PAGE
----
04/27/2006 02:53 pm ET Updated May 25, 2011

Former Boldface Name Reduced to Regular Font!

A few days ago, I opened my New York Times to the spot which used to be occupied by the admittedly silly, vacuously addictive but frequently entertaining column known as Boldface Names only to see -- it was still gone. In its place was an article about the former EPA director Christie Todd Whitman and the founder of Greenpeace getting together on promoting nuclear energy, near misses since Chernobyl, blah, blah, blah -- real news for God's sake!! Every day since it disappeared I've keep checking, hoping against hope it might magically reappear but no, clearly it is not coming back.

All right, I myself am a former Boldface namer and OK, I admit it, even got rave reviews from them and I confess -- I loved it!! Boldface Names was old-fashioned "seen about the Big Apple" harmless fun harkening back to an era before the 24-hour drumbeat of celebrity gossip devoted to the exploits of actresses I don't watch on Lost and whether or not pop stars named after beaches stormed in World War II should have their children removed by social services appeared. It was like enjoying a Greyhound in a world of Mojitas! And when I made Boldface Names, I felt like I had made it! Boldface is one powerful font -- even when you get a book review in the Times your name is in regular font ! What is a former BFN to do now? When I'd see my name in the column I'd cut out the article and put it up over my desk -- now that I've been reduced to regular font, I'm depressed. The only thing I've got now where my name is in boldface is a notice from the parking violations department about an unpaid ticket. I taped that up, but it just doesn't have the same effect.

Of course as any sentient adult in the US must know by now, this is all due to scandal which has blanketed news cycles involving second stringer Page Six contributor Jared Stern's attempts to extract money from billionaire businessman Ron Burkle in return for receiving more flattering coverage. Full disclosure, I too have been on Page Six and I never bribed anyone -- ok, not entirely true, I did invite Anthony Haden Guest, who is somehow associated with the page, to perform in one of my fired essay evenings but the guy has been fired -- numerous times -- even trade! But why Mr. Burkle should pay attention to extortion from Mr. Stern is beyond me. The writer, with whom I am not acquainted, was frequently photographed in a fedora and a monocle!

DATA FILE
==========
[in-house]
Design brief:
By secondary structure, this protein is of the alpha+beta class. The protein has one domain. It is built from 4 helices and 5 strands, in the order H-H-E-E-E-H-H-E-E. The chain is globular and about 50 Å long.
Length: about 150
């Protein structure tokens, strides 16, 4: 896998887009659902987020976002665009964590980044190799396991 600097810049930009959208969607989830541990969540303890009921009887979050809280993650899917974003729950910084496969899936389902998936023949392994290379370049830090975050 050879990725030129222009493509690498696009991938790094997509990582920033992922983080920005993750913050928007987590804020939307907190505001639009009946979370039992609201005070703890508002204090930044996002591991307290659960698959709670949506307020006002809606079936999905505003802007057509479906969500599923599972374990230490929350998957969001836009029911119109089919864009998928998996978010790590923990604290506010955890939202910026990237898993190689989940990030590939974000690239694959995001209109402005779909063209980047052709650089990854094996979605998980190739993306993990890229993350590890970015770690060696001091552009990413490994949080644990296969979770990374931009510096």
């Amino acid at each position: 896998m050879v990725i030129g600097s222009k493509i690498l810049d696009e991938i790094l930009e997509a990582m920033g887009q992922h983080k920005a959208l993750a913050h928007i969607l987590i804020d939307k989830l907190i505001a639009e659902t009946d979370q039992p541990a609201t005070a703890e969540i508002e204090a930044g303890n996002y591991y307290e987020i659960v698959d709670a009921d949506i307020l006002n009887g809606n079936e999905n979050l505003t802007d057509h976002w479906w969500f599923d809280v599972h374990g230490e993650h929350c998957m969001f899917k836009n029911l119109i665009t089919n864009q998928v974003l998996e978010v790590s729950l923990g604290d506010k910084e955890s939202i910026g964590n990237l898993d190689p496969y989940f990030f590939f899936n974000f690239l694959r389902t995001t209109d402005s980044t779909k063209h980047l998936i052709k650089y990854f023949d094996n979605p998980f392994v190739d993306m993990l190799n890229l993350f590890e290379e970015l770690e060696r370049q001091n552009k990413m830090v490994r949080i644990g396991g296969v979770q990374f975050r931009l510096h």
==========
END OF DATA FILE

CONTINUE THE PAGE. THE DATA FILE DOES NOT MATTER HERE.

As a second stringer contributor myself to NPR's Day to Day, I believe I can say with authority I can't imagine anyone taking me seriously with any financial propositions, particularly were I sporting a fedora and monocle! Moreover, Can a person be taken seriously in this day and age in a monocle? It is commonly accepted wisdom that someone in a fedora and monocle is not to be trusted with financial propositions. OK, I just made that up, but it seems like it should be commonly accepted wisdom!

OK, I admit -- as an actress I have appeared on screen in eyewear that was outfitted with clear glass, worn for effect only, to make me appear perhaps more intellectual, but a monocle, that's where I draw the line.

This entire scandal reminds me of the other recent supposed scandal which gripped the news cycles -- the disclosure that author James Frey's stories were less than factual. Having dated my fair share of former heroine addicts let me unequivocally state, they were all liars and given to exaggeration about everything, particularly details of how down and out they really were.

And now this nonstory has prompted the Times to, as was said in the paper, focus on its more journalistic pursuits.

I propose a compromise solution. Why not pepper the Boldface Names with real actual newsworthy items. To start with, let's galvanize those former generals who recently banded together in effort to get the military back on track , I mean some of them are downright adorable in a very Gregory Peck old-movie-star way that just screams out Boldface Names!

It is my hope the retired generals throw their collective weight, instead, into a effort to steer the Times back on track up. Rummy isn't going anywhere, at least not this week, but Tarzan is opening up on Broadway and there's nothing I'd like to read more about than Anthony Zinni on the arm of Liza with a Z at the opening-night party in the Boldface Names column.